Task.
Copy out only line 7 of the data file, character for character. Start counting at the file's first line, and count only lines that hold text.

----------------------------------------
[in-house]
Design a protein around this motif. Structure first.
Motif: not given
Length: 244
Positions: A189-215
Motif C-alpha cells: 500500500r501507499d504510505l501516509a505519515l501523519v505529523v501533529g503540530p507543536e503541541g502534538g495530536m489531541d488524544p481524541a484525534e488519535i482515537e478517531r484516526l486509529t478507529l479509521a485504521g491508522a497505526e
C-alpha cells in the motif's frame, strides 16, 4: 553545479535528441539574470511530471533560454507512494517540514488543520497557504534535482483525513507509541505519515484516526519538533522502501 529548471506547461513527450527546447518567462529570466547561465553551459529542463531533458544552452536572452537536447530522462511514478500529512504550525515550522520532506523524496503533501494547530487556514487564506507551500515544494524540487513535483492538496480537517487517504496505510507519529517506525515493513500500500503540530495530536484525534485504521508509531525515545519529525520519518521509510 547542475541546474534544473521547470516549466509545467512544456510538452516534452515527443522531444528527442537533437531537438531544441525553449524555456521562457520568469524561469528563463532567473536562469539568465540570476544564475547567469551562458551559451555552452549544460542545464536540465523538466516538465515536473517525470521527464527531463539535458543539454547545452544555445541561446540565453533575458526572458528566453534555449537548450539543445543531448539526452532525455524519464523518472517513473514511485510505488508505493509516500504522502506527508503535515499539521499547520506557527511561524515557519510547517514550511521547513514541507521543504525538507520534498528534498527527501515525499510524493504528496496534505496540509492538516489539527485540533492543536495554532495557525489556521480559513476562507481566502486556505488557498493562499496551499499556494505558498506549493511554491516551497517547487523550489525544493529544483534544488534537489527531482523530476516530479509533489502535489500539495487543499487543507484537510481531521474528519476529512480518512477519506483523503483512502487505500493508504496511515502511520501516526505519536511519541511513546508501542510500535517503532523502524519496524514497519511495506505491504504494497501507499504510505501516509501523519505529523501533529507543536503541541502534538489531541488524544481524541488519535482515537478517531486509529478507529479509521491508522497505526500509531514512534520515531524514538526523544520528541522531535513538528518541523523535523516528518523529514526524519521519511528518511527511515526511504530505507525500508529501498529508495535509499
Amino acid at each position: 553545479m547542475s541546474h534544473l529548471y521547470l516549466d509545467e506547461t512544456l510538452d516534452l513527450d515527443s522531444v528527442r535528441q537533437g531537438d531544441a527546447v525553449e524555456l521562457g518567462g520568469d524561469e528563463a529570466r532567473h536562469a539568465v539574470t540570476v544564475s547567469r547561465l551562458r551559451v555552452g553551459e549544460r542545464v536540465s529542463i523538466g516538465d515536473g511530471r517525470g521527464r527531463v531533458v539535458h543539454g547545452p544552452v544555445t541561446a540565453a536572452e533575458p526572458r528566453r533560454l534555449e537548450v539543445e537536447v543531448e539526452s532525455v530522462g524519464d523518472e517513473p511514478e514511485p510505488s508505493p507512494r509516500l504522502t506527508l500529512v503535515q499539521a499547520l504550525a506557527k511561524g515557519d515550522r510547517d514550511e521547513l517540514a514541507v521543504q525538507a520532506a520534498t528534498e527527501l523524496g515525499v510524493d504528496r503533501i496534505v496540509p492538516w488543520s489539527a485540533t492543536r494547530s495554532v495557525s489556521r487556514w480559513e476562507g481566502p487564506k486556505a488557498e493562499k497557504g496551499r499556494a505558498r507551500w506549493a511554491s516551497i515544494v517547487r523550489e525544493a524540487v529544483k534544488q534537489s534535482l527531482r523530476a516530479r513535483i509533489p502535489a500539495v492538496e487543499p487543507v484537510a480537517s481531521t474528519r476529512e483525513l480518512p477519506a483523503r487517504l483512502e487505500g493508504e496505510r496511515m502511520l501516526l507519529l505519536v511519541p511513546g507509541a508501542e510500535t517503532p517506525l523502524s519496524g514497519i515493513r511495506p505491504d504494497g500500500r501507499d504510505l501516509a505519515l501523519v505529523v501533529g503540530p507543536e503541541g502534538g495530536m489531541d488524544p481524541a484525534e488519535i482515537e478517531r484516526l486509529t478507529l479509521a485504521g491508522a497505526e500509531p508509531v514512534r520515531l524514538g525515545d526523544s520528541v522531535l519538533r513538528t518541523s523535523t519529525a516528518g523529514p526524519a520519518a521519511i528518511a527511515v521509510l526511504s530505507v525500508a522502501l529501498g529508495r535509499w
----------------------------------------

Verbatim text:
C-alpha cells in the motif's frame, strides 16, 4: 553545479535528441539574470511530471533560454507512494517540514488543520497557504534535482483525513507509541505519515484516526519538533522502501 529548471506547461513527450527546447518567462529570466547561465553551459529542463531533458544552452536572452537536447530522462511514478500529512504550525515550522520532506523524496503533501494547530487556514487564506507551500515544494524540487513535483492538496480537517487517504496505510507519529517506525515493513500500500503540530495530536484525534485504521508509531525515545519529525520519518521509510 547542475541546474534544473521547470516549466509545467512544456510538452516534452515527443522531444528527442537533437531537438531544441525553449524555456521562457520568469524561469528563463532567473536562469539568465540570476544564475547567469551562458551559451555552452549544460542545464536540465523538466516538465515536473517525470521527464527531463539535458543539454547545452544555445541561446540565453533575458526572458528566453534555449537548450539543445543531448539526452532525455524519464523518472517513473514511485510505488508505493509516500504522502506527508503535515499539521499547520506557527511561524515557519510547517514550511521547513514541507521543504525538507520534498528534498527527501515525499510524493504528496496534505496540509492538516489539527485540533492543536495554532495557525489556521480559513476562507481566502486556505488557498493562499496551499499556494505558498506549493511554491516551497517547487523550489525544493529544483534544488534537489527531482523530476516530479509533489502535489500539495487543499487543507484537510481531521474528519476529512480518512477519506483523503483512502487505500493508504496511515502511520501516526505519536511519541511513546508501542510500535517503532523502524519496524514497519511495506505491504504494497501507499504510505501516509501523519505529523501533529507543536503541541502534538489531541488524544481524541488519535482515537478517531486509529478507529479509521491508522497505526500509531514512534520515531524514538526523544520528541522531535513538528518541523523535523516528518523529514526524519521519511528518511527511515526511504530505507525500508529501498529508495535509499